We’re now several weeks into an almost nation-wide shutdown of life as we knew it. Most people are still making sense of how to get through the present. Some companies and individuals, on the other hand, have already transitioned to thinking about the future.
I shared the four potential responses for using change as a strategic advantage in a video posted in January 2020. The options are to adapt, anticipate, pursue, and ignore.
We’re getting a lot of practice at adapting, and that will likely continue. So let’s turn the focus to the other options.
History teaches us that there will be companies that don’t survive the disruption. Others will simply survive, and a few will be positioned for exponential growth as we enter the “New Next.” The difference in the outcome has a lot to do with the decisions made today. …
Have you been thinking about a return to the “new normal?” Forget about it. That isn’t happening any time soon … and perhaps not ever.
The continued relevance of the term was already suspect considering the pace of change and disruption in technology, business models, competitors, and customer expectations. It completely lost its relevance when the COVID-19 virus proved that the world economy could be decimated in less than 8 weeks.
There is nothing normal about a health, societal, and economic disruption where the solution is everybody stay home for about 8 weeks.
This disruption happened at such a high rate that I imagine the virus boasting to friends, “You think it takes months or years to bring the world to its knees? Here. …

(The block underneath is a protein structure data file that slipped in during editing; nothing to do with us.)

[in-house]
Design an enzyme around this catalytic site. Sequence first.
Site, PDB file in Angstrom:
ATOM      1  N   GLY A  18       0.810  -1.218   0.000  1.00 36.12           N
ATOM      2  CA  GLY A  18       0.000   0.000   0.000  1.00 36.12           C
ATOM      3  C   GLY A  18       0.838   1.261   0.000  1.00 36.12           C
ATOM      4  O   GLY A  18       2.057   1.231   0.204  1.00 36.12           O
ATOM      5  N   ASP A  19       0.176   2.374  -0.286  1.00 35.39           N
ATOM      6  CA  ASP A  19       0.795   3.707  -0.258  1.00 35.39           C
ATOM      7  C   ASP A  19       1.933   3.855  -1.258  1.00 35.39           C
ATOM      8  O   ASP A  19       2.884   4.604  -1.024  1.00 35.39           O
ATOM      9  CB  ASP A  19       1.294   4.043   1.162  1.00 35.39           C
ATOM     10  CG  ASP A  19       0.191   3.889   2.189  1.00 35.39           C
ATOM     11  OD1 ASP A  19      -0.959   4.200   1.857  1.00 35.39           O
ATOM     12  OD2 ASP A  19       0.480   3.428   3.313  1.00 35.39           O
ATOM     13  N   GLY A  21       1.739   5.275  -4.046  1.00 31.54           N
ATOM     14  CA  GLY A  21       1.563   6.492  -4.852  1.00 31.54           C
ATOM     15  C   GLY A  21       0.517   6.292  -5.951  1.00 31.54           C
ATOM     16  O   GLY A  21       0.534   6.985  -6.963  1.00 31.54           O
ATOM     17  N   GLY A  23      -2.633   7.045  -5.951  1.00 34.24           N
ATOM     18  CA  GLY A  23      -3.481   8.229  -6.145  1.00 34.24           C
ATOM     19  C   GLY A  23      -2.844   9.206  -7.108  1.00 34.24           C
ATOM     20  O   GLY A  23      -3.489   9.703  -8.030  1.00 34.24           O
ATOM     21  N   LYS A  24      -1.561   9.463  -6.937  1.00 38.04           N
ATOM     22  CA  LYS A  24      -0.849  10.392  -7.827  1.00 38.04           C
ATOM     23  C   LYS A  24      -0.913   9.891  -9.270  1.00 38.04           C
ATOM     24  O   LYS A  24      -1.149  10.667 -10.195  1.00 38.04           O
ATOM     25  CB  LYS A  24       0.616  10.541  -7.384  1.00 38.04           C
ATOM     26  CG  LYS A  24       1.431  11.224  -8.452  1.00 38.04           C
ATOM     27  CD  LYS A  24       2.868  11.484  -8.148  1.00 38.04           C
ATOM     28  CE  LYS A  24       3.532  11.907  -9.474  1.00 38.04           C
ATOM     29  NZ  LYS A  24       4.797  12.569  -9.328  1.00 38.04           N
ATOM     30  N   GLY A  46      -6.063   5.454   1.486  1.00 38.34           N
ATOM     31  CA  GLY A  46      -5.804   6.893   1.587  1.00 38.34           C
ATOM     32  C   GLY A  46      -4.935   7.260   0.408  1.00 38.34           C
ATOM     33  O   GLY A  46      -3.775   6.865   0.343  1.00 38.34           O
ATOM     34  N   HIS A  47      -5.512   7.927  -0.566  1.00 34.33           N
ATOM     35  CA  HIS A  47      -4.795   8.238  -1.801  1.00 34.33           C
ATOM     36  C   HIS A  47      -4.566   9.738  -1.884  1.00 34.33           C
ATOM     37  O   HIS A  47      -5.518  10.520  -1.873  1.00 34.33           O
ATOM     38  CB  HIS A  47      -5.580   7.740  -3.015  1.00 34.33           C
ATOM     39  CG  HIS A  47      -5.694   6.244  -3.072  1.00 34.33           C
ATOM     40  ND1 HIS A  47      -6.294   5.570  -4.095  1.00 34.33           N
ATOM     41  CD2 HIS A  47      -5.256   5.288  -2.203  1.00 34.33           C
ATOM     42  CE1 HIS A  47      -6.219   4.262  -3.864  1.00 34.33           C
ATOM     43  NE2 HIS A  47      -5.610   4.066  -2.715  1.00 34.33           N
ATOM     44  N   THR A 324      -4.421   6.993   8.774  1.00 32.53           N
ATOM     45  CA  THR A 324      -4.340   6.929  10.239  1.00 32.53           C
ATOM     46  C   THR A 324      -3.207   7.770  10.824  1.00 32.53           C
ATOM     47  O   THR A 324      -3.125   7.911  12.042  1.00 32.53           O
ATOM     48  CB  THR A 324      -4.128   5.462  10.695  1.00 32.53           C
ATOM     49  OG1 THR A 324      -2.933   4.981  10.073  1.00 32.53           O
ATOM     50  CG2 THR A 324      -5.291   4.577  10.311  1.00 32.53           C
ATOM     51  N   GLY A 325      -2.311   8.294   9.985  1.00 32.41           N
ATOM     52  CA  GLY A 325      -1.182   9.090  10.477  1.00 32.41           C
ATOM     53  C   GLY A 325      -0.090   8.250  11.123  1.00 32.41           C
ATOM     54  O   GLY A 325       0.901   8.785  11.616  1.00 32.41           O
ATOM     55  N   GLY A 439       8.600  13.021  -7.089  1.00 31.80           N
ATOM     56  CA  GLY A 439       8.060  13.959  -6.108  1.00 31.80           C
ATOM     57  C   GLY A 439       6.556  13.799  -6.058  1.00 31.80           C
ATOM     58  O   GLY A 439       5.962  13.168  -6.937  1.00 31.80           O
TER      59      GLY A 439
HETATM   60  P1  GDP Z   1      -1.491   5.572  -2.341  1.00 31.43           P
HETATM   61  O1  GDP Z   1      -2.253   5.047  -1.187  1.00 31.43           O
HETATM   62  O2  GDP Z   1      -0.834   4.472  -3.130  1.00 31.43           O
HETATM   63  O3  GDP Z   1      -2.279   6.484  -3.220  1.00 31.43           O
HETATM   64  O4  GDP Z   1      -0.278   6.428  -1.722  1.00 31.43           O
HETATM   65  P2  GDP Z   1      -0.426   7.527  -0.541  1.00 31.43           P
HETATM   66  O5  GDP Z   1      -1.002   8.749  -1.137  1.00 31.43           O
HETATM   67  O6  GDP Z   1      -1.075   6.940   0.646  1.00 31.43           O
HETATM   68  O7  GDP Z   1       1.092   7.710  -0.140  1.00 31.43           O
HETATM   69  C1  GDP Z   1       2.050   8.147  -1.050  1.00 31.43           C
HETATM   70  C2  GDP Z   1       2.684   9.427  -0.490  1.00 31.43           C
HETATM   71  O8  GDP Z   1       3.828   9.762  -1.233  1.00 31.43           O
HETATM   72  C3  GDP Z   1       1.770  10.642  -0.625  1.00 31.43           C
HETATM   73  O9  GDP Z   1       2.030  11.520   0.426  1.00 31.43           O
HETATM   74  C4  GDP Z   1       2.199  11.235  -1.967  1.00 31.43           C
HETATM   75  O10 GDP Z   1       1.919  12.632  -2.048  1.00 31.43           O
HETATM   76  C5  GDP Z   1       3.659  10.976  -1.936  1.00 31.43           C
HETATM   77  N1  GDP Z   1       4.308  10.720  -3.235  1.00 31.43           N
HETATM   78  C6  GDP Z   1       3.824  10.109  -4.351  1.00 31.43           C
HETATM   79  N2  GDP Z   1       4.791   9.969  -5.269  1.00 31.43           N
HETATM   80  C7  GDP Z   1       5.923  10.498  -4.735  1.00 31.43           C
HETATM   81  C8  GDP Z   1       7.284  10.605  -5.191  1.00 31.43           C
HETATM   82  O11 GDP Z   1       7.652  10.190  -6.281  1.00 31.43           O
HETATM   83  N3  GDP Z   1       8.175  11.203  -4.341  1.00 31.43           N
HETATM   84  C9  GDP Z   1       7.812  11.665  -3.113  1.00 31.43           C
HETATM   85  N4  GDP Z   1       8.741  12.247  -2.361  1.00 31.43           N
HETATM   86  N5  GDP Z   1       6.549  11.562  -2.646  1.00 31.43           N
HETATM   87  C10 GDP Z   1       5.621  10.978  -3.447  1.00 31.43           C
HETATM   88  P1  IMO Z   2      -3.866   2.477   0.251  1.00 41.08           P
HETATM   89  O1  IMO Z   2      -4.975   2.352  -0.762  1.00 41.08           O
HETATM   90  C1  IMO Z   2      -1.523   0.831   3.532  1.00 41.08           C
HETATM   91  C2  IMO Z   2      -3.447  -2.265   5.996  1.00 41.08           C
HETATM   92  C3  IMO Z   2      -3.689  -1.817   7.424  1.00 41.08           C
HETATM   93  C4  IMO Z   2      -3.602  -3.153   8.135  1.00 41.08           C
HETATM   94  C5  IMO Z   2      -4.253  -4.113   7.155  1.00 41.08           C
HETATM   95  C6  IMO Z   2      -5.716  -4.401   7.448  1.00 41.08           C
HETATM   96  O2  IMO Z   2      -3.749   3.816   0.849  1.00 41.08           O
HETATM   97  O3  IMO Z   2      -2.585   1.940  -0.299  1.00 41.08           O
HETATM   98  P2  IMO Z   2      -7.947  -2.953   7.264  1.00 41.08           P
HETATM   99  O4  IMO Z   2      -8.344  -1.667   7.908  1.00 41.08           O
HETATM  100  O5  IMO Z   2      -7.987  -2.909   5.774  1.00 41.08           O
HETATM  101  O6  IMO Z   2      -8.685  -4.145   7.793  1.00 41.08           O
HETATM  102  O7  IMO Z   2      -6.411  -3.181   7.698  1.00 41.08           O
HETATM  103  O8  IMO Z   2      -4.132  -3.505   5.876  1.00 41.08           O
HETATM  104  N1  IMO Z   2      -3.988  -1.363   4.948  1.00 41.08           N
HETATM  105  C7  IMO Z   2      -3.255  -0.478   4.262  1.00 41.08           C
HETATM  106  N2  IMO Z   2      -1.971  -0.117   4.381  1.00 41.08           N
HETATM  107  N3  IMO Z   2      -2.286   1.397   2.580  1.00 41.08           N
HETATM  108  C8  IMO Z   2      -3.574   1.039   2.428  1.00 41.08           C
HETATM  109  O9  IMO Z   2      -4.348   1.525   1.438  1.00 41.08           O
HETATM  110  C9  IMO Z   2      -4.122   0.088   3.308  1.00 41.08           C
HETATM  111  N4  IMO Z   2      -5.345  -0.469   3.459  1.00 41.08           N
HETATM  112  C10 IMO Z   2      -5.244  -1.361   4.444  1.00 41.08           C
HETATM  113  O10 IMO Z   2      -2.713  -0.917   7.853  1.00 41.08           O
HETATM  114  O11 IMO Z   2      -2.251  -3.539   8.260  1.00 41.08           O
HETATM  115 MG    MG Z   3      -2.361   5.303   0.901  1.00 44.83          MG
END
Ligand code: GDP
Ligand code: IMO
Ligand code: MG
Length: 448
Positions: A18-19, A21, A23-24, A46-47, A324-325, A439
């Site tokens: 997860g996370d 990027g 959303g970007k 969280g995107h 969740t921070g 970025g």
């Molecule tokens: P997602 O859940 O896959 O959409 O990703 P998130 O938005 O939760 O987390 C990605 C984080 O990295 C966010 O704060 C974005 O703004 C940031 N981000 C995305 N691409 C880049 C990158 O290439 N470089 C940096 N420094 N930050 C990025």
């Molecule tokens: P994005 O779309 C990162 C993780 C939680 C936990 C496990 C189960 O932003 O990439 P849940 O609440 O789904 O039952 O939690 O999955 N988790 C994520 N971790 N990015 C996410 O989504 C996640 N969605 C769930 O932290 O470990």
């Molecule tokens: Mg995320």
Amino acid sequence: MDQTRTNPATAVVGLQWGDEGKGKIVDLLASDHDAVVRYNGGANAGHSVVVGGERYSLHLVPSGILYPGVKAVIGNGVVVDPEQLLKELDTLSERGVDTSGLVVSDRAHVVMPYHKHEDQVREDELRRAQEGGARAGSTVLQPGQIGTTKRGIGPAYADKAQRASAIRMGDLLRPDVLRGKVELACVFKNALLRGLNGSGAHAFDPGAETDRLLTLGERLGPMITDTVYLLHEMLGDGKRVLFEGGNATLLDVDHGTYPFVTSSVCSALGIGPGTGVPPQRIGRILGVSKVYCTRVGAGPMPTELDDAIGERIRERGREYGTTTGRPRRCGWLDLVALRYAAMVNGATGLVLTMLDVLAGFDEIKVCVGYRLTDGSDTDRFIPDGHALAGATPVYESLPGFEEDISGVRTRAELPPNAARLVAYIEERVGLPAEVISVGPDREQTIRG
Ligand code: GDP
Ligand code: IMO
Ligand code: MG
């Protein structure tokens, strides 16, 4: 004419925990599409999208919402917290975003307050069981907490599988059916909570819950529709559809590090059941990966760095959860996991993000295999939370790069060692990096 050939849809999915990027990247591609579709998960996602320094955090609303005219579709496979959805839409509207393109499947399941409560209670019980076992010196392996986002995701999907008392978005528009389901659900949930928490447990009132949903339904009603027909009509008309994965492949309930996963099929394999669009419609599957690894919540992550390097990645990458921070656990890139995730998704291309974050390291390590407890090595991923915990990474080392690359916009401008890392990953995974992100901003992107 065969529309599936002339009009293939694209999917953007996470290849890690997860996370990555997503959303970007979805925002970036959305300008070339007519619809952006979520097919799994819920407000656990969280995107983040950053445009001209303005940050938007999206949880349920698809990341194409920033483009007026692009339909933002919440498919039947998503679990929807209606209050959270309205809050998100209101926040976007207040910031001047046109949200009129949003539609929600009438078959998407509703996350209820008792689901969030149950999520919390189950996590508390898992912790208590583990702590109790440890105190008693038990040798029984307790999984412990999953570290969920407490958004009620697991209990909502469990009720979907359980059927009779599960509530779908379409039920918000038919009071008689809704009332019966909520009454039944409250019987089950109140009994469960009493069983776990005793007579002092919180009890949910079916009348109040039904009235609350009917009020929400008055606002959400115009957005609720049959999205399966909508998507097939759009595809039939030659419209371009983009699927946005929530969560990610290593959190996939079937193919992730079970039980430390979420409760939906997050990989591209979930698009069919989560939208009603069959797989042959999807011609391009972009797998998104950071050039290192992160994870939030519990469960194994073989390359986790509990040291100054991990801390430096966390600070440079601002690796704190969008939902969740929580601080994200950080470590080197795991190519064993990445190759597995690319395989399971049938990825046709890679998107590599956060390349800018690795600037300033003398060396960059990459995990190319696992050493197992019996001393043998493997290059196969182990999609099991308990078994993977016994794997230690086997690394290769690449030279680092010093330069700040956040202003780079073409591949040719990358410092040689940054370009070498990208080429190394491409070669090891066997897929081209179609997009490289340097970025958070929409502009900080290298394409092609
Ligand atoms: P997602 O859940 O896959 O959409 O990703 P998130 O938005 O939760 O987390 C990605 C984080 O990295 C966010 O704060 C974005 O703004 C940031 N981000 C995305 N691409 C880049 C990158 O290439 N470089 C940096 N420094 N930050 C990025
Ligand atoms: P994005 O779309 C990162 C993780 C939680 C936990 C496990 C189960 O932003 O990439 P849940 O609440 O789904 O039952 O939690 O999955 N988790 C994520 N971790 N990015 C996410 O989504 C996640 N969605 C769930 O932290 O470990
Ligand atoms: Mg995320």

Creating a collaborative, customer-focused team is simple — at least it’s supposed to be. Theoretically, all you need is establish a vision; goals and performance standards based on your agreements; resource allocation; training; and clear consequences.
Unfortunately, simple isn’t always easy. If theory worked without a glitch, you wouldn’t be feeling the pain of missed project deadlines and key stakeholders complaining that your team lacks the agility they need to meet the challenges of digital transformation and innovation.
All the work you have done up to this point is important and essential. Service Catalogs, SLAs, optimized processes and consistent training create a strong foundation for a customer-focused, results-driven operation. …
Corporate CEOs aren’t paid to solve the worlds’ problems, protect communities, or look out for the long-term well-being of employees or suppliers. Milton Friedman told us that in 1970. Anything you do to protect the interests of other stakeholders is simply a tool. The only true goal is to maximize shareholder value.
And yet, Fortune magazine featured three world-class CEOs on its September 2019 cover with the caption “Profits and Purpose: Can Big Business Have it Both Ways?”
The bulk of its “Change the World” issue was devoted to stories and more than a few ads touting corporate efforts to make the world a better place. …
Change is everywhere. At least that’s how it feels.
In reality, much of your team’s work hasn’t changed that much at all. Remaining relevant to your customers, meeting financial targets, and creating an environment for your team to do great work are still priorities.
So where is the disconnect? Why do people struggle with change? There are multiple reasons:
· Change is faster and more complex. Technology has made the world smaller, faster, and more connected. It took 38 years for radio to reach an audience of 50 million people. Television achieved that threshold in 13 years. The internet took only 4 years. …